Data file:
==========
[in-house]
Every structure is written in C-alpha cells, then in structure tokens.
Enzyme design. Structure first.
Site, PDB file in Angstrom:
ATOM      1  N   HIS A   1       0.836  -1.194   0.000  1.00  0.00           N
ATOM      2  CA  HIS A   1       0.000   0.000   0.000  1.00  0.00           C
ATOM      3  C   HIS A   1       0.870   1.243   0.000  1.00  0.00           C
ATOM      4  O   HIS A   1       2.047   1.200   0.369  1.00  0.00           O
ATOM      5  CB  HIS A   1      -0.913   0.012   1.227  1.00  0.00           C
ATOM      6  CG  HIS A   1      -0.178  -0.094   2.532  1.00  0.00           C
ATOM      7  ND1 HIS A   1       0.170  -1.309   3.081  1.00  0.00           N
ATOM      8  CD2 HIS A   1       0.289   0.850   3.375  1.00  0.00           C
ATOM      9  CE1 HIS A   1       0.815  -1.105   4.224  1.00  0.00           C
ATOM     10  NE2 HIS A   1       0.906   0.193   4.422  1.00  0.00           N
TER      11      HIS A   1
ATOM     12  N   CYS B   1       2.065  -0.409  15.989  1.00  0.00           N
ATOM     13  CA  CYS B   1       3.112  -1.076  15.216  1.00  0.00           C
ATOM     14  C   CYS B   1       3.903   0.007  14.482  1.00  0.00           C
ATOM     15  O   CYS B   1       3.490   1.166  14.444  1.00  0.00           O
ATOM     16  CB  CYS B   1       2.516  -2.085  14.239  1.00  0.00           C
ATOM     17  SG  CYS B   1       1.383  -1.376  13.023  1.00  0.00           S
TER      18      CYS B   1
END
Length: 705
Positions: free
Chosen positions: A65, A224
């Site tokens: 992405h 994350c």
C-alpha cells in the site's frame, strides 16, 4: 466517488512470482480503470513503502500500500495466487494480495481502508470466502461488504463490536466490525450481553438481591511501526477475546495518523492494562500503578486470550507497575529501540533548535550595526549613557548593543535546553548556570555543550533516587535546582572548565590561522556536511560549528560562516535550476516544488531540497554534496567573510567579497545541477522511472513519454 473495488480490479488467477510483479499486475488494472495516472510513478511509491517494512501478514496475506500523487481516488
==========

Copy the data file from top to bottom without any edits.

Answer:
[in-house]
Every structure is written in C-alpha cells, then in structure tokens.
Enzyme design. Structure first.
Site, PDB file in Angstrom:
ATOM      1  N   HIS A   1       0.836  -1.194   0.000  1.00  0.00           N
ATOM      2  CA  HIS A   1       0.000   0.000   0.000  1.00  0.00           C
ATOM      3  C   HIS A   1       0.870   1.243   0.000  1.00  0.00           C
ATOM      4  O   HIS A   1       2.047   1.200   0.369  1.00  0.00           O
ATOM      5  CB  HIS A   1      -0.913   0.012   1.227  1.00  0.00           C
ATOM      6  CG  HIS A   1      -0.178  -0.094   2.532  1.00  0.00           C
ATOM      7  ND1 HIS A   1       0.170  -1.309   3.081  1.00  0.00           N
ATOM      8  CD2 HIS A   1       0.289   0.850   3.375  1.00  0.00           C
ATOM      9  CE1 HIS A   1       0.815  -1.105   4.224  1.00  0.00           C
ATOM     10  NE2 HIS A   1       0.906   0.193   4.422  1.00  0.00           N
TER      11      HIS A   1
ATOM     12  N   CYS B   1       2.065  -0.409  15.989  1.00  0.00           N
ATOM     13  CA  CYS B   1       3.112  -1.076  15.216  1.00  0.00           C
ATOM     14  C   CYS B   1       3.903   0.007  14.482  1.00  0.00           C
ATOM     15  O   CYS B   1       3.490   1.166  14.444  1.00  0.00           O
ATOM     16  CB  CYS B   1       2.516  -2.085  14.239  1.00  0.00           C
ATOM     17  SG  CYS B   1       1.383  -1.376  13.023  1.00  0.00           S
TER      18      CYS B   1
END
Length: 705
Positions: free
Chosen positions: A65, A224
């Site tokens: 992405h 994350c």
C-alpha cells in the site's frame, strides 16, 4: 466517488512470482480503470513503502500500500495466487494480495481502508470466502461488504463490536466490525450481553438481591511501526477475546495518523492494562500503578486470550507497575529501540533548535550595526549613557548593543535546553548556570555543550533516587535546582572548565590561522556536511560549528560562516535550476516544488531540497554534496567573510567579497545541477522511472513519454 473495488480490479488467477510483479499486475488494472495516472510513478511509491517494512501478514496475506500523487481516488